Miss Jessica Lee: Not all addicts want to or are ready to stop. Yes, drug counselling should absolutely be available for the ones who are ready to stop however what is suggested for those who is do not want to stop at this time is harm reduction. By removing the need for them to somehow find the money required to purchase drugs they need (otherwise they get very sick), which is what can lead to riskier behavior and decisions out of desperation, studies have shown that the benefits, both to the individuals and to society, are well worth putting aside our initial feelings about such policies. It is cheaper and safer to do this then it is to let people fend for themselves.

Addiction is an illness and harm reduction is in some ways prevention for all kinds of other, worse consequences. Insite has shown how harm reduction programs benefit everyone. Of course, we're not likely to see our backwards Conservative government take this approach, they tried hard enough to close down Insite by dragging the case as far as they could in front of judges. The only reason Insite still exists is that thankfully the courts ruled against the government to the end because unlike our pathetic government, they had to agree that the science clearly demonstrated harm reduction was successful and the best option for everyone.

'' There is also significant evidence to support giving heroin to heroin addicts who have repeatedly been failed by other treatments... data from countries that have trialed or currently provide heroin... and comes down in its favor.... heroin provision “may help [addicted people] to remain in treatment, limit the use of street drugs, reduce illegal activities and possibly reduce mortality.” ''

'' Providing free heroin leads to abstinence more often than one might expect. One Swiss study found that 40% of participants sought abstinence treatment as a way of completing the program, despite the fact that it wasn’t required. This may be because heroin addicts’ lives tend to be occupied and defined by the difficult quest for drugs and the hustling needed to get money for them.''



Jun 6, 2014 at 6:54pm

Seriously? You believe the available votes for a sensible prostitution policy are worth the potential votes post? I doubt that more than 10,000 people would vote based upon this issue nationwide, and few of those would already be supporting Harpo so this is about leeching NDP votes. This isn't an issue that will attract alienated western votes in numbers that would make any difference, but even more importantly: why a puff piece on how daring Justin the Vapid is as Liberal Leader? From the cheap seats he looks more and more desperate to show what an "alternative" he is and make promises designed to attract the young & gullible left first or second time voter. It is true that elements of the NDP are cautious about social policy but that is because they remain aware of the roots of the party as well as where the money comes from.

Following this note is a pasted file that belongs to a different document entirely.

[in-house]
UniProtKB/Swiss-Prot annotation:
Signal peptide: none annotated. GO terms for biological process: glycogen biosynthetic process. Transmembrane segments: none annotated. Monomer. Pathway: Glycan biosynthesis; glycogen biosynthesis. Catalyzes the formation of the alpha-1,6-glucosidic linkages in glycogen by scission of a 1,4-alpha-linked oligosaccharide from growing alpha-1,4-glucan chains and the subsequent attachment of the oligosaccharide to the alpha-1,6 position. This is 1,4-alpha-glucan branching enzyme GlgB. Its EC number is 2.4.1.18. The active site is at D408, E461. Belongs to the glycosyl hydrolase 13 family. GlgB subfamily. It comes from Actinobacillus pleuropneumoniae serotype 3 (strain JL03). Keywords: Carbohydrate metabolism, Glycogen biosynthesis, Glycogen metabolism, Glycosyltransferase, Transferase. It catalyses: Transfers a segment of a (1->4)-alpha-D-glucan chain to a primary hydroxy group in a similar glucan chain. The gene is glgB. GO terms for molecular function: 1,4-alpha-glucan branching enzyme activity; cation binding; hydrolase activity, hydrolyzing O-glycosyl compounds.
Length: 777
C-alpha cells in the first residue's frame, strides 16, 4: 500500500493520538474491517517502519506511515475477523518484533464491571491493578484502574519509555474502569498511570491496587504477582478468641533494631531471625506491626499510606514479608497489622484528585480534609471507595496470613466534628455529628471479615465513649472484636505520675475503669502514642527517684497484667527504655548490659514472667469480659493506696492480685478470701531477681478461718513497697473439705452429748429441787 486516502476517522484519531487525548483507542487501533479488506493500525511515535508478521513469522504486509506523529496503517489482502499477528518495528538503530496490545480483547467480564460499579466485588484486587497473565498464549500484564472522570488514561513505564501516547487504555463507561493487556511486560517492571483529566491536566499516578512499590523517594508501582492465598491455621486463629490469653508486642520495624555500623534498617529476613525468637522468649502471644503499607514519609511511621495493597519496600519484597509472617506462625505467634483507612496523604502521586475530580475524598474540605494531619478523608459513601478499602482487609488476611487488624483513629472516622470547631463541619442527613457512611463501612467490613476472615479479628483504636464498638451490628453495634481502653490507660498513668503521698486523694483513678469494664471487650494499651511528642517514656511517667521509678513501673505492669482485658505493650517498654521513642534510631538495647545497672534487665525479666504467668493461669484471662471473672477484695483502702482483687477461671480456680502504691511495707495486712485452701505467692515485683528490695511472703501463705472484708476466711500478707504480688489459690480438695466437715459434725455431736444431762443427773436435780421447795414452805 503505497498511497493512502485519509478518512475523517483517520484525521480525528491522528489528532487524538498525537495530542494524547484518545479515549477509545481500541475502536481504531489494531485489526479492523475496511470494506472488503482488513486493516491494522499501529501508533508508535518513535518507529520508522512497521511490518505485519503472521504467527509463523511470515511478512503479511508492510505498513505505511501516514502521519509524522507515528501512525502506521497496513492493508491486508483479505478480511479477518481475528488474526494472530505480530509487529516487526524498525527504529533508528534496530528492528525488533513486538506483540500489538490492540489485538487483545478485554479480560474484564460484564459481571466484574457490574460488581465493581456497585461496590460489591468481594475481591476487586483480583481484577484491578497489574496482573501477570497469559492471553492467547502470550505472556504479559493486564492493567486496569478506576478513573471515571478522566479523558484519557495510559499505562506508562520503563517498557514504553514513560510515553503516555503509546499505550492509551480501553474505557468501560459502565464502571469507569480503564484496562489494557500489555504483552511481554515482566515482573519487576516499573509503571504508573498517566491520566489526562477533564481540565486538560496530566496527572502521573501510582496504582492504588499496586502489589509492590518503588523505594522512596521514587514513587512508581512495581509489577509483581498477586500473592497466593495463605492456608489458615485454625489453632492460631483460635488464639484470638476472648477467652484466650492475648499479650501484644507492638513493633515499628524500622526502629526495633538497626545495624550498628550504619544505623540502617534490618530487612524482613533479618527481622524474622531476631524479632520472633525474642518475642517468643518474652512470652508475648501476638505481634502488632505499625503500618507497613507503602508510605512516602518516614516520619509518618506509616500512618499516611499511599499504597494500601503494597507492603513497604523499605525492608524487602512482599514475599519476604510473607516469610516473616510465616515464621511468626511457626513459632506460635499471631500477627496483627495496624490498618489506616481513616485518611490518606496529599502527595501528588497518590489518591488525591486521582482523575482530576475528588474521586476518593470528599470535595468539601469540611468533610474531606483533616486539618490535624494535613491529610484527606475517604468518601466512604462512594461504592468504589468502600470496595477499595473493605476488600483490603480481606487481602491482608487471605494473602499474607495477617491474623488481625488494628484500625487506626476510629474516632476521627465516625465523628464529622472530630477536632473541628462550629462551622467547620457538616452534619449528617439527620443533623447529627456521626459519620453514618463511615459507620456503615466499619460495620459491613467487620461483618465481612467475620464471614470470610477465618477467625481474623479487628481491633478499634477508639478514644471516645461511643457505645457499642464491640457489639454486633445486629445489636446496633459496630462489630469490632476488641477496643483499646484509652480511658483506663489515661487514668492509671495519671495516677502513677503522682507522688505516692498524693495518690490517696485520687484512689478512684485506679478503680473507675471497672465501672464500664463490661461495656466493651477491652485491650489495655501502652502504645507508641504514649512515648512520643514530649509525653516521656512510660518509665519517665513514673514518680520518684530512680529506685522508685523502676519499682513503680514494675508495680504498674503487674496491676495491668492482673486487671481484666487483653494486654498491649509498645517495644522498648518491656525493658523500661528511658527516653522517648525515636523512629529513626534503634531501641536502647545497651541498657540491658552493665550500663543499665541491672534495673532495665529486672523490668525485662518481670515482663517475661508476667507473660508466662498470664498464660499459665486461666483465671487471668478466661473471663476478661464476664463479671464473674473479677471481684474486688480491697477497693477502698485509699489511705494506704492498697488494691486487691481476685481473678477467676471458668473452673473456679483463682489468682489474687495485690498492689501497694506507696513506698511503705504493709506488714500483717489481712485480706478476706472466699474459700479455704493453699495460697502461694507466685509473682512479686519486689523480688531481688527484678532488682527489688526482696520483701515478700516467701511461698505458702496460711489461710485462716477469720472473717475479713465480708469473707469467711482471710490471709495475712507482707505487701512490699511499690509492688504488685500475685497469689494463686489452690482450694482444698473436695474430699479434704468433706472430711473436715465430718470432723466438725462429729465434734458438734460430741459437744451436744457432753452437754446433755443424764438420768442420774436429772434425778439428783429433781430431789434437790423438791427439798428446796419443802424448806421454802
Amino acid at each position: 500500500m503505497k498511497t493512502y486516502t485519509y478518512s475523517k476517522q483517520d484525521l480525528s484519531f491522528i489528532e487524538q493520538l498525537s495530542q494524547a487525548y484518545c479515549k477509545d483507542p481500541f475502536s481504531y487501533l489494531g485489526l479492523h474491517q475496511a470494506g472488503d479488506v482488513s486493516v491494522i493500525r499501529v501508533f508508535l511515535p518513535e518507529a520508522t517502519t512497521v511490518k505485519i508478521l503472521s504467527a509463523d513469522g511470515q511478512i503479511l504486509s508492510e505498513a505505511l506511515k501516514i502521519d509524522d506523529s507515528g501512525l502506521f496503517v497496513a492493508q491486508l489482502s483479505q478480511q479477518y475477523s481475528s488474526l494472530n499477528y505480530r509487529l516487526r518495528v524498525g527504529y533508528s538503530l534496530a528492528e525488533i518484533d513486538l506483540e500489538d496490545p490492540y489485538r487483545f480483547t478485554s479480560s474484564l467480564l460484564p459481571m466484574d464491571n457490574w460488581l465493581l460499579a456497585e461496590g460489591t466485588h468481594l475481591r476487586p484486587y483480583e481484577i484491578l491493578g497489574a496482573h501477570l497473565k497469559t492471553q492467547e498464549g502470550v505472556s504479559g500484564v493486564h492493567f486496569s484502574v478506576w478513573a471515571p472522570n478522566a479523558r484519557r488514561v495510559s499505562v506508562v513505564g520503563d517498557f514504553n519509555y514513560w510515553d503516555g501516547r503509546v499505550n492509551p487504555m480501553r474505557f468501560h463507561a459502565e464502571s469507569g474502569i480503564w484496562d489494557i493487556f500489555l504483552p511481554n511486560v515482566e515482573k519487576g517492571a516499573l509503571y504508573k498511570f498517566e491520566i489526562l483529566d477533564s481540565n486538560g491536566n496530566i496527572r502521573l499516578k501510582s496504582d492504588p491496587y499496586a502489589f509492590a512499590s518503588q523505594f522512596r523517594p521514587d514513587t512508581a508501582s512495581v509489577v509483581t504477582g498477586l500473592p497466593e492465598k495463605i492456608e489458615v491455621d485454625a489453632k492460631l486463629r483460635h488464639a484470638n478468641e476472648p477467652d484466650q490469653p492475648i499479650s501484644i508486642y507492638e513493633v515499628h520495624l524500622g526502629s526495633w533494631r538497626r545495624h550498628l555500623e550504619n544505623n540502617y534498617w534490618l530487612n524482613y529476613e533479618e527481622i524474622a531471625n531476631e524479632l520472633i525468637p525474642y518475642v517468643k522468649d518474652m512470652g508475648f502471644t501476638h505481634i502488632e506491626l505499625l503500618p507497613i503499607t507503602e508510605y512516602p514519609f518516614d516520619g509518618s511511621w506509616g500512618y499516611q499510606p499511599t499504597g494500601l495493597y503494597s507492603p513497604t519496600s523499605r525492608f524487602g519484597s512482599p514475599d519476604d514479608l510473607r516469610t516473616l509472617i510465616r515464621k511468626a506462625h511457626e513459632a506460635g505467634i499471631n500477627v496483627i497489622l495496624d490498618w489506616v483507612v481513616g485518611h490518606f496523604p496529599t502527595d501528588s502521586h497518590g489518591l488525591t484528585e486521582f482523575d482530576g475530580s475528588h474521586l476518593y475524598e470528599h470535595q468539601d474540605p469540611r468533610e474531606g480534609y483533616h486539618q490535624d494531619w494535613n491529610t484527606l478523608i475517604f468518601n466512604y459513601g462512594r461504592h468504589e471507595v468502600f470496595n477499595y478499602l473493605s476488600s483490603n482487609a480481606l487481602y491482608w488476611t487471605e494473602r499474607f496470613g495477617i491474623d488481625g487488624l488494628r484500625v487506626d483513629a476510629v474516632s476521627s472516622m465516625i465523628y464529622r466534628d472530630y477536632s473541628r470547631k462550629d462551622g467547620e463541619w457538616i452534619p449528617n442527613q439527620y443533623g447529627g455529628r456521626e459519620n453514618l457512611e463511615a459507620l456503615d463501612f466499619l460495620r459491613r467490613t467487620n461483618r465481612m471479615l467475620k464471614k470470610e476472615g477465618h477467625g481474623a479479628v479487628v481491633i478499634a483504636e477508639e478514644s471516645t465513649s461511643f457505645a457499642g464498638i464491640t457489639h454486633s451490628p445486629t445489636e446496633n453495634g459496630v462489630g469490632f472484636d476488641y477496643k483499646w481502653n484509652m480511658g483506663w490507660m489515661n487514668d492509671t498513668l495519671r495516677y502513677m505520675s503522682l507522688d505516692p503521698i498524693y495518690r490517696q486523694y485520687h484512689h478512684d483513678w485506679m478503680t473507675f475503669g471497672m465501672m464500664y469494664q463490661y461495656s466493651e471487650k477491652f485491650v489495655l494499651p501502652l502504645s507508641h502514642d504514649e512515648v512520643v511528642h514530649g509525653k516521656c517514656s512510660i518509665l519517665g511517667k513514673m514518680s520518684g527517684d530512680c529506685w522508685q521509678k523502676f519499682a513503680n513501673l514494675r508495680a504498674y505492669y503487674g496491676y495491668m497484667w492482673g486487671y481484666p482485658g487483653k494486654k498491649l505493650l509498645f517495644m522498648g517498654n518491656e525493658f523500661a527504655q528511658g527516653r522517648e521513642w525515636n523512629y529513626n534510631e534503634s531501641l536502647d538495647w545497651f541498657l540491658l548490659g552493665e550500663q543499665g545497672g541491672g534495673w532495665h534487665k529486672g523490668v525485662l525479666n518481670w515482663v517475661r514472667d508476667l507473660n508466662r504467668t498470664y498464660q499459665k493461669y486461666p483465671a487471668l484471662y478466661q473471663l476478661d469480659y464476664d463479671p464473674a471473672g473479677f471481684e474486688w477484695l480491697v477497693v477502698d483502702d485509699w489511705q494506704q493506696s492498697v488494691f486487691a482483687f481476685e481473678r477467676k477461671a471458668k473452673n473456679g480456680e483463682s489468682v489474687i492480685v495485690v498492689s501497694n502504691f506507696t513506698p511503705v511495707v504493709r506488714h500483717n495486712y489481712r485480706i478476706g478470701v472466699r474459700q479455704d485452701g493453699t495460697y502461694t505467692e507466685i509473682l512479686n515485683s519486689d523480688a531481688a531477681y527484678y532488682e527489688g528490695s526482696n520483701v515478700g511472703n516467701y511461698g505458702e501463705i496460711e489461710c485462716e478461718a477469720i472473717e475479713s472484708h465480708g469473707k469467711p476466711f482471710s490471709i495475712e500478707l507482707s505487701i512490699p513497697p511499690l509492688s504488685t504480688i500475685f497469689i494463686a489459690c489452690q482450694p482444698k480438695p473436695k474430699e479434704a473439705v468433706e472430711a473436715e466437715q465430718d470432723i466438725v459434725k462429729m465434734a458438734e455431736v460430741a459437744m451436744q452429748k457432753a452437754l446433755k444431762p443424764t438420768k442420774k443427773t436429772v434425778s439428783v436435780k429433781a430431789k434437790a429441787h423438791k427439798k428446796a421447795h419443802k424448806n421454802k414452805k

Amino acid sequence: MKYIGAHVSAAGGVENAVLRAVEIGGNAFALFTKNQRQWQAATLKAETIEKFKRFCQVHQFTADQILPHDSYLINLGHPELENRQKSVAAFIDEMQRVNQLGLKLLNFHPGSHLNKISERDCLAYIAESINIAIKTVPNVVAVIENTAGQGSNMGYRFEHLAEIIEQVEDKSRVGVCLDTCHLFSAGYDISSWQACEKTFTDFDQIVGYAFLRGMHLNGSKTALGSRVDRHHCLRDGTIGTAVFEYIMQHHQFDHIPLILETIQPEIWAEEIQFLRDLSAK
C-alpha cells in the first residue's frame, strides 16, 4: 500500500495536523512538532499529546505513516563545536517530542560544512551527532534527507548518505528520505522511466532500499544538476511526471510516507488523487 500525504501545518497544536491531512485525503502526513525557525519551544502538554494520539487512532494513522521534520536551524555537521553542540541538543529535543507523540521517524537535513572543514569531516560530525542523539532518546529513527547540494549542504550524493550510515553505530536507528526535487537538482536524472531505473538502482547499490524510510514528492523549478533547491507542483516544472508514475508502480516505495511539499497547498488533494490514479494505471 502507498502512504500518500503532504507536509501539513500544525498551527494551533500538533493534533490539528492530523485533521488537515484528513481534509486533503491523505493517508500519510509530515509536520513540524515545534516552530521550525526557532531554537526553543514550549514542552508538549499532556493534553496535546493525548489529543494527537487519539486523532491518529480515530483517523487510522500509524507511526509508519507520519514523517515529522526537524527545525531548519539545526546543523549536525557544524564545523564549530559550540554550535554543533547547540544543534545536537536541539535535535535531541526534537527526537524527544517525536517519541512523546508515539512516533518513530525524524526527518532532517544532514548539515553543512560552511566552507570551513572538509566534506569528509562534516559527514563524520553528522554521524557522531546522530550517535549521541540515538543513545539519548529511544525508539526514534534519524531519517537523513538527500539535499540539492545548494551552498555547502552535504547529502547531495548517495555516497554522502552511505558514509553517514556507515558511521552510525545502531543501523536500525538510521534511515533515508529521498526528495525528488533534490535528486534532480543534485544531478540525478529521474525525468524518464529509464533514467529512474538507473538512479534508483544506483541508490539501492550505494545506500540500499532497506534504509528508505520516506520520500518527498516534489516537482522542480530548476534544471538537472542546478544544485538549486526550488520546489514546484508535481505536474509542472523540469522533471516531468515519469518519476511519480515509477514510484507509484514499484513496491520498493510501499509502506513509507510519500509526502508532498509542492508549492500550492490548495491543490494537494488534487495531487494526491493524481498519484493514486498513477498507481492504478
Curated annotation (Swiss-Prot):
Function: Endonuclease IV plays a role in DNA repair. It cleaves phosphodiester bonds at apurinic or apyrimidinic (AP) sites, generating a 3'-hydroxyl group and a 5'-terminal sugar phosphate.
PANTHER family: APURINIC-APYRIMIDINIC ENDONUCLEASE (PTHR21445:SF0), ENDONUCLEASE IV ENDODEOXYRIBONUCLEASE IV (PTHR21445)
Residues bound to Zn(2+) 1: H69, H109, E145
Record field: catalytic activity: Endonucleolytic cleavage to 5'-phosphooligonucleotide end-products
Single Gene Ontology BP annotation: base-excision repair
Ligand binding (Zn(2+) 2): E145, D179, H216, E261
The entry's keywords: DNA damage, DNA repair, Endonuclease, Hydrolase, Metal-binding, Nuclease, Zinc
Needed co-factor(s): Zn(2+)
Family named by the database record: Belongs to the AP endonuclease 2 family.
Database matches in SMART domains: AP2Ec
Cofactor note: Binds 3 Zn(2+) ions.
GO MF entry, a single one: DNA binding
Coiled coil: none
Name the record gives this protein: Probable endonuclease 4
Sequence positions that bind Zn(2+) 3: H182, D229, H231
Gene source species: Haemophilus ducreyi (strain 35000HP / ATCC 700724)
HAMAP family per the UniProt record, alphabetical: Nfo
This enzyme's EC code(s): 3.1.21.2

Ryan Spinney

Jun 7, 2014 at 3:48am

Justin Trudeau ia the guy who said prostitution is violence against woman, he's not going to be on the said kf prostitutes, I bet the Liberals will be voting in favour of the bill and saying they try and amend it at Committee.

No its not timidity that has made the NDP's causious on this issue, it deep seated divisions within cacus on this issue.

Never the less Mulcair and the NDP is the only hope Prostitutes have, they will have to make a choice soon. Justin Trudeau supports pot because he uses it, not because he's a champion of freedom.

Emay opposes this bill, but she's 1 MP with little clout and can be ignored by the powers that be.

The NDP knew the Supreme Court would kill the bill, doing the work for the NDP with party divisions, but now the NDP will have to deal with the problem directly. Read Boivin's tweets, I don't see the NDP supporting this bill ultimately.


Jun 7, 2014 at 10:59am

why is he not talking about the removal of 35 billion from the health transfer accord with the provinces except alberta which got an extra 1 billion in the 2014 omnibus budget bill, or the protection of only 97 lakes and 62 rivers of which 90% are in conservative ridings? Is your favourite fishing or camping spot protected from the oil patch?


Jun 11, 2014 at 8:04pm

Mr Trudeau knows that he polls very high among progressive women. Many women do consider prostitution violence against women and do consider sex work to be paid rape. I wouldn't count on his support; look what happened when the Liberal Youth of BC tried to pass sex work liberalization at the last policy convention. Mr Trudeau wants to form the next government; I believe that he will vote in favour of the bill with amendments or not. He may allow a free vote though.